Understanding Irritable Bowel Syndrome
The National Institutes of Health
From NIH News in Health (NIH)
Most of us feel some discomfort in our guts from time to time. It may be because we're nervous about something, or perhaps we ate something that didn't agree with us. But if you regularly feel aches in your abdomen, it might be a sign of a disorder called irritable bowel syndrome.
Irritable bowel syndrome affects about 1 in 5 Americans. It occurs more often in women than men, and begins before the age of 35 in about half the people who get it.
There's no medical test to identify irritable bowel syndrome. Instead, doctors make a diagnosis based on the patient's symptoms. The most common symptoms include bloating and pain in the abdomen, along with changes in bowel habits. People with irritable bowel syndrome may have constipation, diarrhea or both.
Irritable bowel syndrome doesn't lead to cancer or other health problems. But its discomfort can be difficult to live with. The severe or frequent abdominal pain it can bring often leads people to visit a doctor.
Physicians and researchers don't know for sure what causes irritable bowel syndrome. One possibility is that it comes from changes in the way that the brain and the gut communicate. Dr. Emeran Mayer at the University of California, Los Angeles, is an NIH-funded scientist who's working to find treatments to correct altered brain-gut interactions.
"Most people would agree that stress plays an important role in triggering symptom flares in irritable bowel syndrome," says Mayer.
Many patients first notice symptoms after a stressful event, like losing a loved one or changing jobs. People with irritable bowel syndrome often report higher levels of stress or anxiety. Stress reduction strategies and cognitive behavioral therapy, a type of talk therapy, can help relieve the symptoms of irritable bowel syndrome.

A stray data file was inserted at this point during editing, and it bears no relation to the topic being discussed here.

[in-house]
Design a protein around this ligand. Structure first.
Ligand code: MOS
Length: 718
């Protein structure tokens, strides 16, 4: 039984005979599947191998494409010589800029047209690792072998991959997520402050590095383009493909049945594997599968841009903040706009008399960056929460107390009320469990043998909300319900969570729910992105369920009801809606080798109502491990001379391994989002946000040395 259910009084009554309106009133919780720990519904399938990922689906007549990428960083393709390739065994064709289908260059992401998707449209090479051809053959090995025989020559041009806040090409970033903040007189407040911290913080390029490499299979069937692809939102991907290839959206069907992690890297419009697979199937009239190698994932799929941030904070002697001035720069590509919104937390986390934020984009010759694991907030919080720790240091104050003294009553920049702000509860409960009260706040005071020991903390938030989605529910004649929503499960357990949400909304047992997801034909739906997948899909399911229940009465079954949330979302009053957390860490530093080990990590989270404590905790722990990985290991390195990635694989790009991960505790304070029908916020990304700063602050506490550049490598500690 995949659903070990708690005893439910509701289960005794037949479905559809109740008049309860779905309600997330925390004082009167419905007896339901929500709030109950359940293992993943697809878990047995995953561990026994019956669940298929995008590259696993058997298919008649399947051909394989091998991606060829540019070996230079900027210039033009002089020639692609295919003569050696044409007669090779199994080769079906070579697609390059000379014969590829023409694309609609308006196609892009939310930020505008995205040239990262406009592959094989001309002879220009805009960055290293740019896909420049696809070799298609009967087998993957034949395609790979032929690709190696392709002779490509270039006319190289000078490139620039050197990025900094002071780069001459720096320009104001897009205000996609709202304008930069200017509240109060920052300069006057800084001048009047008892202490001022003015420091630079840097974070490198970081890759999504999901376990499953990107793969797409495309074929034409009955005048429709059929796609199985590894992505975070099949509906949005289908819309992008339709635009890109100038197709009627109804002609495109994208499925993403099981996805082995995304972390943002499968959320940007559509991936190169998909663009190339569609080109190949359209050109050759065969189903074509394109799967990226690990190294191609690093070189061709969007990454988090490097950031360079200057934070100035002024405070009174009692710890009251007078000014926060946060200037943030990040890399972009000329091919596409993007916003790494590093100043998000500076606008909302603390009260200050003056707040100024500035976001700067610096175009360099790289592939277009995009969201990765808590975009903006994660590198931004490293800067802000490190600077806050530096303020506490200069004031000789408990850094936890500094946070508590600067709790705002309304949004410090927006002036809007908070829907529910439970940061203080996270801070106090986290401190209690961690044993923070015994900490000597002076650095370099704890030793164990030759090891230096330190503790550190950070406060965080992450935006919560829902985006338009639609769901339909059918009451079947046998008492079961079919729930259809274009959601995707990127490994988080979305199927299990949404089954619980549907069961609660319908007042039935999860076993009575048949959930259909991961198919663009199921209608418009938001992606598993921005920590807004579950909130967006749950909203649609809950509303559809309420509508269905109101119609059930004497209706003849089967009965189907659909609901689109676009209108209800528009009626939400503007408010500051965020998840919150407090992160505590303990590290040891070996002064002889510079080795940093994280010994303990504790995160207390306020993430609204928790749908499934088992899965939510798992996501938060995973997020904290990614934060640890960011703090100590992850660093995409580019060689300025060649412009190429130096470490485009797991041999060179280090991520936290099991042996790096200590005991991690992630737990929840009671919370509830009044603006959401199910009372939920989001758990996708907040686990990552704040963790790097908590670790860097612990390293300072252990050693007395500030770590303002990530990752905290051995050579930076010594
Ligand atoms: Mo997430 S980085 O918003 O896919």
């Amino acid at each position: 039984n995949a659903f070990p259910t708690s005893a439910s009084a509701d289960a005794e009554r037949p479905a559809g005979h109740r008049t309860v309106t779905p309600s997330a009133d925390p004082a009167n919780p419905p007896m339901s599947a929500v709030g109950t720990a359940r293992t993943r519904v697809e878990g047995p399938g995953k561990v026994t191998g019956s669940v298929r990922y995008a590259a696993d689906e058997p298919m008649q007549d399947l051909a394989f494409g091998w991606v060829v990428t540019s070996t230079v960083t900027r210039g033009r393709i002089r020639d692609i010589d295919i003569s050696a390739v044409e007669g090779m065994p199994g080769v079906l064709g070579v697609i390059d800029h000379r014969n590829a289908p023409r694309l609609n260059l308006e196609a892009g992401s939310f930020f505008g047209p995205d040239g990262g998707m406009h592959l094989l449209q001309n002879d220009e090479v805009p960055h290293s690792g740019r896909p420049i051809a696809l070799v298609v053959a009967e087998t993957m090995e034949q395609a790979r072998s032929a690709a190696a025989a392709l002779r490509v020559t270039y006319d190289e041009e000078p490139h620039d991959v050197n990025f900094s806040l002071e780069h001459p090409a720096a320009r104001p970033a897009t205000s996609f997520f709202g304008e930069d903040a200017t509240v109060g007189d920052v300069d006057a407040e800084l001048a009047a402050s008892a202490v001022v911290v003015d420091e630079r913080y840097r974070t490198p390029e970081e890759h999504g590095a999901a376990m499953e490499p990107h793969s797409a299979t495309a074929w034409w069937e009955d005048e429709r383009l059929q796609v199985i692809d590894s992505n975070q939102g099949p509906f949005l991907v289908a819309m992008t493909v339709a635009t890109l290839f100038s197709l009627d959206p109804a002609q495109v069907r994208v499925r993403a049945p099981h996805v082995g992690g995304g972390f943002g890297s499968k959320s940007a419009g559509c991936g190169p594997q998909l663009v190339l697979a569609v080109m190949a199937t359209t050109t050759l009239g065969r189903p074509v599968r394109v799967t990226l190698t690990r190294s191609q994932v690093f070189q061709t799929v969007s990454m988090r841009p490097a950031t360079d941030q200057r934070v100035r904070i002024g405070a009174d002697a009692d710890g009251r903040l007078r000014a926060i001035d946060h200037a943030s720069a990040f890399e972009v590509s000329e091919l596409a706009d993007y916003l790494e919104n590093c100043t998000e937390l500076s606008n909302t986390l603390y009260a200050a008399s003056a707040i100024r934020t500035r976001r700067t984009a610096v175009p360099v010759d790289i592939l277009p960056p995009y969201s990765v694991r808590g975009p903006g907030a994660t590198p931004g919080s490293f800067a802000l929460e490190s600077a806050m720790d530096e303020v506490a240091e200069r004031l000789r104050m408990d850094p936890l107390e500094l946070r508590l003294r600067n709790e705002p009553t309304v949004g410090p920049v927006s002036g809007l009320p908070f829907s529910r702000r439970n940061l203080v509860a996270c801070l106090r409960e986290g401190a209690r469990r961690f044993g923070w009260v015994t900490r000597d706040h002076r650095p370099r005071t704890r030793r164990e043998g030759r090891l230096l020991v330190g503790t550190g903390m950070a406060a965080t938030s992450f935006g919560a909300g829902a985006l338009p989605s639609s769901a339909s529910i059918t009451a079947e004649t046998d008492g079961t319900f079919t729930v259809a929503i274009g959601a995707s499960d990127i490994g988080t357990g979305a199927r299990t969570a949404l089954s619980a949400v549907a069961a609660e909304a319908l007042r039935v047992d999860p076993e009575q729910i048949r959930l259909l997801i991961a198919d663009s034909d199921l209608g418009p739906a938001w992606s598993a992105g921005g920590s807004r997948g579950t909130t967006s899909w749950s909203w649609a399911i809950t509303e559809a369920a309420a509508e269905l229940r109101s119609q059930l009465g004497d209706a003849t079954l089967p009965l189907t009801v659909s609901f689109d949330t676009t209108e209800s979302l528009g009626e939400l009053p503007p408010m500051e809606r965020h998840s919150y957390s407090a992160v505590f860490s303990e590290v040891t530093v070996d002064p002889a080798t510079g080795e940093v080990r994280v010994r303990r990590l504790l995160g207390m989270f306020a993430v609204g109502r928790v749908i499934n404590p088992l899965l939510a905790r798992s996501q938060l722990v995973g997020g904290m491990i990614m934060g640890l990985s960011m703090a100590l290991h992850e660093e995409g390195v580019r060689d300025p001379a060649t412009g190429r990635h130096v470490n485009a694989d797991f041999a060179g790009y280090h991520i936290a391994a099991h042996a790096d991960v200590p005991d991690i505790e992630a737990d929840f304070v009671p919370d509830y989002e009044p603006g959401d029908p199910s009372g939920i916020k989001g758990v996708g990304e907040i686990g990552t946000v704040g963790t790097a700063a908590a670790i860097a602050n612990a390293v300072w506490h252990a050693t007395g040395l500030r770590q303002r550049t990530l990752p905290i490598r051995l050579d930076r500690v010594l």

Some researchers suspect that irritable bowel syndrome can be caused by a change in gut bacteria. The gut is usually filled with helpful bacteria, which our bodies need to digest food. But sometimes the types of bacteria can change, like after taking certain medications. For people with this type of irritable bowel syndrome, a supplement of probiotics-a collection of live, healthful bacteria-might help. Probiotics are available as capsules, tablets and powders, and they're found in some dairy foods, such as yogurts with live active cultures. The potential benefits of probiotics, however, are still under study.
Many people with irritable bowel syndrome find that certain foods can make them feel worse. "There is no specific irritable bowel syndrome diet," says Mayer. "Irritable bowel syndrome patients are generally more sensitive to a variety of foods."
If you have irritable bowel syndrome, try keeping a diary of the foods you eat and how they make you feel. Then, you and your doctor can decide together if you should try making changes to your diet.
Every case of irritable bowel syndrome is unique, so if you have symptoms that disrupt your life, don't suffer in silence. Your doctor can work with you to find the treatment that works best for you.